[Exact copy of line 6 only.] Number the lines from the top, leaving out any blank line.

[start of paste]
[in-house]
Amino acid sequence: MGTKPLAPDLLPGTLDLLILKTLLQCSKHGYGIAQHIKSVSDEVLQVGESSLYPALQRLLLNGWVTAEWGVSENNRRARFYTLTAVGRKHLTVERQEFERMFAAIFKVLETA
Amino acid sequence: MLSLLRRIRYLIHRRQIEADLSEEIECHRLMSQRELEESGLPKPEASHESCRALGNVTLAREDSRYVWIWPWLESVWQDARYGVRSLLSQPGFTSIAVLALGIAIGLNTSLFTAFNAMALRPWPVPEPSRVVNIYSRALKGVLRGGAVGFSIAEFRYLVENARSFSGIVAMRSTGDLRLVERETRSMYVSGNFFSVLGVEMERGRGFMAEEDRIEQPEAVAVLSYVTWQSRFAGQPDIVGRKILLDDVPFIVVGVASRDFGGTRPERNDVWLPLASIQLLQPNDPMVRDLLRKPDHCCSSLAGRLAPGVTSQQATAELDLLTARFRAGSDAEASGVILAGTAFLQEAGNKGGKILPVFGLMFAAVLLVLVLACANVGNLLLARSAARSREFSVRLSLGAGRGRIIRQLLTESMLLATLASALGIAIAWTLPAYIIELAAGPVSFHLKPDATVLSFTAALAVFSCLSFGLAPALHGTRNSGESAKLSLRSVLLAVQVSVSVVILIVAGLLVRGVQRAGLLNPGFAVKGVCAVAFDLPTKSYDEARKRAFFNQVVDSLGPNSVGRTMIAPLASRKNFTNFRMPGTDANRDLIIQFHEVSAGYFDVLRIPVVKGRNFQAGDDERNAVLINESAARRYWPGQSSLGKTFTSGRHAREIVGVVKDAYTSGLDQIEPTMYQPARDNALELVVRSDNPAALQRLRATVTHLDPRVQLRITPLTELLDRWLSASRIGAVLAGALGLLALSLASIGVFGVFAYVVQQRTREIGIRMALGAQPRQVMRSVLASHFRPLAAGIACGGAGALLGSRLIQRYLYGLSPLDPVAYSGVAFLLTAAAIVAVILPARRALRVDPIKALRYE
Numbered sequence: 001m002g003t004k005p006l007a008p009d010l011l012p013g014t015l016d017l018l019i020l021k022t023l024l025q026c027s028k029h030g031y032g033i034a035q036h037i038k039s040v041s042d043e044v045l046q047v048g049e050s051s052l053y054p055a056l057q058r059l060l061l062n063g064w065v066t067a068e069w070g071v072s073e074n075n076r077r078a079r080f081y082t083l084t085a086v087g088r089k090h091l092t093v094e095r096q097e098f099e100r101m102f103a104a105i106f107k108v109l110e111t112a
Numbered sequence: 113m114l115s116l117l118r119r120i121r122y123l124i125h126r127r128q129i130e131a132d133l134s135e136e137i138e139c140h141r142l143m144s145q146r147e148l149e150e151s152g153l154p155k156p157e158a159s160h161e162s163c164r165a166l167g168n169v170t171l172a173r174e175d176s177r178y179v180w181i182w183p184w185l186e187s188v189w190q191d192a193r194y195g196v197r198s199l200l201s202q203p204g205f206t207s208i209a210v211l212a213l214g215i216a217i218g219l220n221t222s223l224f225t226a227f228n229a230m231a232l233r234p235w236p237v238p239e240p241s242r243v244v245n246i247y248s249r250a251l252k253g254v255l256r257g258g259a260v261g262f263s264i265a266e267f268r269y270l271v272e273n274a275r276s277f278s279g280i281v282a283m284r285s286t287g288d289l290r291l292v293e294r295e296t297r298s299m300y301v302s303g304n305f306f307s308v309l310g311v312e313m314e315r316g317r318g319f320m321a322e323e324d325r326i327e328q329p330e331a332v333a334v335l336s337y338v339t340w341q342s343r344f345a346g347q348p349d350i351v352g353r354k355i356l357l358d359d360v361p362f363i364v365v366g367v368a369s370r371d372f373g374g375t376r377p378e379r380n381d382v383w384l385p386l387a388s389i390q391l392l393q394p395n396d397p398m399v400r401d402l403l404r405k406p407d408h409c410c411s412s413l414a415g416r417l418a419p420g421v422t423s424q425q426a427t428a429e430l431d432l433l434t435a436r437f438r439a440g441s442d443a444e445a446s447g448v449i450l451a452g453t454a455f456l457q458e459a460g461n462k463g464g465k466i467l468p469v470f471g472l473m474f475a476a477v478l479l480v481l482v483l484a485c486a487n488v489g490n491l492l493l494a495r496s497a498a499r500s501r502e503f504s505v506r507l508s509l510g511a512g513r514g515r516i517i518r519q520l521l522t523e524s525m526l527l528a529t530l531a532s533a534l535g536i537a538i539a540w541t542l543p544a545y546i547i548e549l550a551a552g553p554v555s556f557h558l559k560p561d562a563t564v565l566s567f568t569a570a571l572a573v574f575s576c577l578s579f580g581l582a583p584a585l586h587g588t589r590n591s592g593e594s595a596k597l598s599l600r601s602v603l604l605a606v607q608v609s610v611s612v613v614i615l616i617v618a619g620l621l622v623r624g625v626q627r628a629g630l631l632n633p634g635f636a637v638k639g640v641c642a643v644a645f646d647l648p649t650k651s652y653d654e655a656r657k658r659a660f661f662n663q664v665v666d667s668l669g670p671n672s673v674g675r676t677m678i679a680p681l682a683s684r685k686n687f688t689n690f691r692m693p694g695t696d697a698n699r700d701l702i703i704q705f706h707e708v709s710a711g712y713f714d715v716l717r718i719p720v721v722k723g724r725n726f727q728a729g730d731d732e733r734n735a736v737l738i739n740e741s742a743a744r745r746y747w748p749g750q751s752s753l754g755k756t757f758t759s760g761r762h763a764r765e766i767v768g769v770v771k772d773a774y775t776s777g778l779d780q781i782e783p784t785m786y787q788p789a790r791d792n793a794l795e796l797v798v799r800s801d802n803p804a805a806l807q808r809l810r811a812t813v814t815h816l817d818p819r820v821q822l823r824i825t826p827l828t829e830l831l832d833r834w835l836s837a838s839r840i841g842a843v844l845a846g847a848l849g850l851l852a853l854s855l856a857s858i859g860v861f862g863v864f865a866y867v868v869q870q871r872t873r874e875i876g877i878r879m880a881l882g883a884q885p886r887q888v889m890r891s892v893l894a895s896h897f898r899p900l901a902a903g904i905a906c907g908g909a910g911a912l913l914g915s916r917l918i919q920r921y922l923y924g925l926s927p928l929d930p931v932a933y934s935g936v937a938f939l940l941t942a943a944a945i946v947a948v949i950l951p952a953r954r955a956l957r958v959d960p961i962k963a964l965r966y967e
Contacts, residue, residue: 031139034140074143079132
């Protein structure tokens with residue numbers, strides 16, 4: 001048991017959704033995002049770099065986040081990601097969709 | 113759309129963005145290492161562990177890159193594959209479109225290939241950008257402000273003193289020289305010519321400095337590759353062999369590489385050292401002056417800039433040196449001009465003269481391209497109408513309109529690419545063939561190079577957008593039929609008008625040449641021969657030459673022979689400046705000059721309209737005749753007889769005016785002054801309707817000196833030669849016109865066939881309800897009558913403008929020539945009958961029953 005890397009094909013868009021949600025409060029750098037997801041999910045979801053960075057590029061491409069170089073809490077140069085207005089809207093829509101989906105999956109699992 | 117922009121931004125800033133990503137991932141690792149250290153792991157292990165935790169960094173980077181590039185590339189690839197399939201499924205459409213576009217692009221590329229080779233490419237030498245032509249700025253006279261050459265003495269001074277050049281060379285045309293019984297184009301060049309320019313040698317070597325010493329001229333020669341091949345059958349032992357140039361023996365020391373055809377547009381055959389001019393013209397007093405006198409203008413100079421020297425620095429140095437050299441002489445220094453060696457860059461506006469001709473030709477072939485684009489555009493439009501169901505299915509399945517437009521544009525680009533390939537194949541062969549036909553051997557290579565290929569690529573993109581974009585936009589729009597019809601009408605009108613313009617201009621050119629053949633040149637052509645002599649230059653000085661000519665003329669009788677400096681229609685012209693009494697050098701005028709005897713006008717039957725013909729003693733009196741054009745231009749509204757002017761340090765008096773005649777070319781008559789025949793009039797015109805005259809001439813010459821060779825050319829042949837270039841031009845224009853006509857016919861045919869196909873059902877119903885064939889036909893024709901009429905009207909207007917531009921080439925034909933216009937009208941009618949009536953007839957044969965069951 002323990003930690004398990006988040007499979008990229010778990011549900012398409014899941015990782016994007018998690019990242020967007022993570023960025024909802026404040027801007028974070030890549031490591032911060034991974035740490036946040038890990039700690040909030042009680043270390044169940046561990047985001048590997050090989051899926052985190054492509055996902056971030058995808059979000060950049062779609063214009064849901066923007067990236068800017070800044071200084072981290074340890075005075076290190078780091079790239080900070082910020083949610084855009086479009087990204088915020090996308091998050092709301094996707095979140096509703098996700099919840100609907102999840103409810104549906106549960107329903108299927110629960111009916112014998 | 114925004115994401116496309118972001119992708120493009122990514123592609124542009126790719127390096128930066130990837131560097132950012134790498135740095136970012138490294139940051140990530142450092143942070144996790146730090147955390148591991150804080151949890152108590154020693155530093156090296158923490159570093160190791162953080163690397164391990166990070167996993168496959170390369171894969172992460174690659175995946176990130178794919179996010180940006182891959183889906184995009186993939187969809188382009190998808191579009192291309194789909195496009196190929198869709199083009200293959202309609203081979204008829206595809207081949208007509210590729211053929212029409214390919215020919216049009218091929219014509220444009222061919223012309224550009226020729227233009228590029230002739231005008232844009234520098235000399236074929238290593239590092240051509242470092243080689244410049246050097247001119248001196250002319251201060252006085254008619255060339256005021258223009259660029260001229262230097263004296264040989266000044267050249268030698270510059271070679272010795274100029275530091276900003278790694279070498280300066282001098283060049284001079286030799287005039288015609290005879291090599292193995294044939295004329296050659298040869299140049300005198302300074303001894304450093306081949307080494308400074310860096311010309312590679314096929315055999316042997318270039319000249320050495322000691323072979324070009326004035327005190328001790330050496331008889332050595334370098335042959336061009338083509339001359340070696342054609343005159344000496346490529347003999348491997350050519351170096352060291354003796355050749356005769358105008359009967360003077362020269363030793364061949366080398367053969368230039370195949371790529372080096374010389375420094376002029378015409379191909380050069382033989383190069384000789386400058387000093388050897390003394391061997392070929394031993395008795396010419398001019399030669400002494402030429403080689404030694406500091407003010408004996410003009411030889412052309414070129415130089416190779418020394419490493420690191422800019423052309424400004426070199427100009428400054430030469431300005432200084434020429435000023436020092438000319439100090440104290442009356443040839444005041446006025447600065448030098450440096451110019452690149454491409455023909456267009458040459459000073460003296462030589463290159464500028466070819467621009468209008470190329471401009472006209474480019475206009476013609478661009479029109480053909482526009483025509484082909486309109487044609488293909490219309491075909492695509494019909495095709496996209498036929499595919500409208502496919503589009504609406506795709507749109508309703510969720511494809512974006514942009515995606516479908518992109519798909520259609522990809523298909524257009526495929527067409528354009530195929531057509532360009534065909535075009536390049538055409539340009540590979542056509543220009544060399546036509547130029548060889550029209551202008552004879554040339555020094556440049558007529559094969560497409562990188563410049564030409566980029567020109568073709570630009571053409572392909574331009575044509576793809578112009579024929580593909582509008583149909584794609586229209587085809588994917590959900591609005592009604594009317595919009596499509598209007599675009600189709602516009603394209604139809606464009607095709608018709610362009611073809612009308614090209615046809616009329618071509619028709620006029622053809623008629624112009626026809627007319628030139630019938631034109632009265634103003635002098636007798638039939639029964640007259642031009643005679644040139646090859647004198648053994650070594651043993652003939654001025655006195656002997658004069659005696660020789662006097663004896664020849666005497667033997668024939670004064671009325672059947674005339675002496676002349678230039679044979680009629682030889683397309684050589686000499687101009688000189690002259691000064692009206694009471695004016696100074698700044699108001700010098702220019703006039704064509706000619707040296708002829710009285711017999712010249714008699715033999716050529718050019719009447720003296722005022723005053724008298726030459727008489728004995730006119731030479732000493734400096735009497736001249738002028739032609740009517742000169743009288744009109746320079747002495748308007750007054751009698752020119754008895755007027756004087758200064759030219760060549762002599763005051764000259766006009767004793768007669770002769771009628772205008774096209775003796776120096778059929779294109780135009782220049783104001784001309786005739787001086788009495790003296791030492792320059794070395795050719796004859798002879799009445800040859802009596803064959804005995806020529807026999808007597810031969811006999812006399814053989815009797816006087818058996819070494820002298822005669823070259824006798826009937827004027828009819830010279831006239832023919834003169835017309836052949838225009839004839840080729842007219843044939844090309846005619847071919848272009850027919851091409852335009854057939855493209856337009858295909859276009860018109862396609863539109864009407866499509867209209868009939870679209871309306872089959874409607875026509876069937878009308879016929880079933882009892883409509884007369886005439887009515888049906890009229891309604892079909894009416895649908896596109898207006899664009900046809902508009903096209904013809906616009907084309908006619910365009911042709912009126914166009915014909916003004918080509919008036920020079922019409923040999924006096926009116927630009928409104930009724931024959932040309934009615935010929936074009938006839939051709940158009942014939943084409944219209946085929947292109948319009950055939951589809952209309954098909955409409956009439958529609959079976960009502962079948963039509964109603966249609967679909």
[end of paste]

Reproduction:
Contacts, residue, residue: 031139034140074143079132